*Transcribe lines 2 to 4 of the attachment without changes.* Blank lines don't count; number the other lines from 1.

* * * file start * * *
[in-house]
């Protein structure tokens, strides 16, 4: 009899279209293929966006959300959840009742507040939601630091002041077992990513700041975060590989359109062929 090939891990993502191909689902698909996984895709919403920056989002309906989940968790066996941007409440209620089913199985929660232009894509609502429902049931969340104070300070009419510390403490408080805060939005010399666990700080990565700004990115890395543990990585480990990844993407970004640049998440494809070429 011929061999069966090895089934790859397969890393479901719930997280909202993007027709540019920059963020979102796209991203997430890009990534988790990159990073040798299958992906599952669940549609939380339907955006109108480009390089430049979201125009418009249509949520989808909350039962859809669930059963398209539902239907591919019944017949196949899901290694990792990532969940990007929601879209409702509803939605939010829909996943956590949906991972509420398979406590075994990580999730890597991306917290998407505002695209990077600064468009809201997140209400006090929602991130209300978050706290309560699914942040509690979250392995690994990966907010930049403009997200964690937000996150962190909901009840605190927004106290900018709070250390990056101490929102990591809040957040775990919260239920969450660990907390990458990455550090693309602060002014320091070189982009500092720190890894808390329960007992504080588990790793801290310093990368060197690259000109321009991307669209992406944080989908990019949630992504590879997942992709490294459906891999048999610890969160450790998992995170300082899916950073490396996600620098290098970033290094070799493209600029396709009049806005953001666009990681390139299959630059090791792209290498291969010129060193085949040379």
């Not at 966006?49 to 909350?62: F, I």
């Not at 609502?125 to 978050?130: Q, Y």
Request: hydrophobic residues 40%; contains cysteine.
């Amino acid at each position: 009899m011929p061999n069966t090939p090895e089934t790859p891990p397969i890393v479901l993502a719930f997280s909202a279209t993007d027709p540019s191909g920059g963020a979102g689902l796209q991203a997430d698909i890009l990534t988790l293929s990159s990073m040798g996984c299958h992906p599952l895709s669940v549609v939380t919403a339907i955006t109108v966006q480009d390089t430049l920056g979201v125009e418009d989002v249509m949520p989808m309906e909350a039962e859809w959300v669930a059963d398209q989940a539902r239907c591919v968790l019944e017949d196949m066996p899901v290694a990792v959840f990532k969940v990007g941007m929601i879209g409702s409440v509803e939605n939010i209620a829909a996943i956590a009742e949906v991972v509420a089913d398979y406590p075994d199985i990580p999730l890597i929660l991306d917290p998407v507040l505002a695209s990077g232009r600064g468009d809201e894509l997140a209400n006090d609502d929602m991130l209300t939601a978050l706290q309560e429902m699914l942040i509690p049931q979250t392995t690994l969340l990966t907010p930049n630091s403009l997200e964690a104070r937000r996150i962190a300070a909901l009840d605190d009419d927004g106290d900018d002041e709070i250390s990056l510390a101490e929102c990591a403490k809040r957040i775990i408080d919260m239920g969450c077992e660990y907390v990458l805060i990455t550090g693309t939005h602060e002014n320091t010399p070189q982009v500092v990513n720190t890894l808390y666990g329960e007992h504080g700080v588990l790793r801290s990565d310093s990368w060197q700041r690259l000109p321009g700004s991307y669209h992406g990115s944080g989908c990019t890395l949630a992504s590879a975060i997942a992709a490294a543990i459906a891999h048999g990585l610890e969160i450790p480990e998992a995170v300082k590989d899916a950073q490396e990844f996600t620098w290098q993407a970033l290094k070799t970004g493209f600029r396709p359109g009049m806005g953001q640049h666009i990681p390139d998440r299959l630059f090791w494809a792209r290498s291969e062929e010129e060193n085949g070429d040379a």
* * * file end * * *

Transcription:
């Protein structure tokens, strides 16, 4: 009899279209293929966006959300959840009742507040939601630091002041077992990513700041975060590989359109062929 090939891990993502191909689902698909996984895709919403920056989002309906989940968790066996941007409440209620089913199985929660232009894509609502429902049931969340104070300070009419510390403490408080805060939005010399666990700080990565700004990115890395543990990585480990990844993407970004640049998440494809070429 011929061999069966090895089934790859397969890393479901719930997280909202993007027709540019920059963020979102796209991203997430890009990534988790990159990073040798299958992906599952669940549609939380339907955006109108480009390089430049979201125009418009249509949520989808909350039962859809669930059963398209539902239907591919019944017949196949899901290694990792990532969940990007929601879209409702509803939605939010829909996943956590949906991972509420398979406590075994990580999730890597991306917290998407505002695209990077600064468009809201997140209400006090929602991130209300978050706290309560699914942040509690979250392995690994990966907010930049403009997200964690937000996150962190909901009840605190927004106290900018709070250390990056101490929102990591809040957040775990919260239920969450660990907390990458990455550090693309602060002014320091070189982009500092720190890894808390329960007992504080588990790793801290310093990368060197690259000109321009991307669209992406944080989908990019949630992504590879997942992709490294459906891999048999610890969160450790998992995170300082899916950073490396996600620098290098970033290094070799493209600029396709009049806005953001666009990681390139299959630059090791792209290498291969010129060193085949040379």
């Not at 966006?49 to 909350?62: F, I």
């Not at 609502?125 to 978050?130: Q, Y």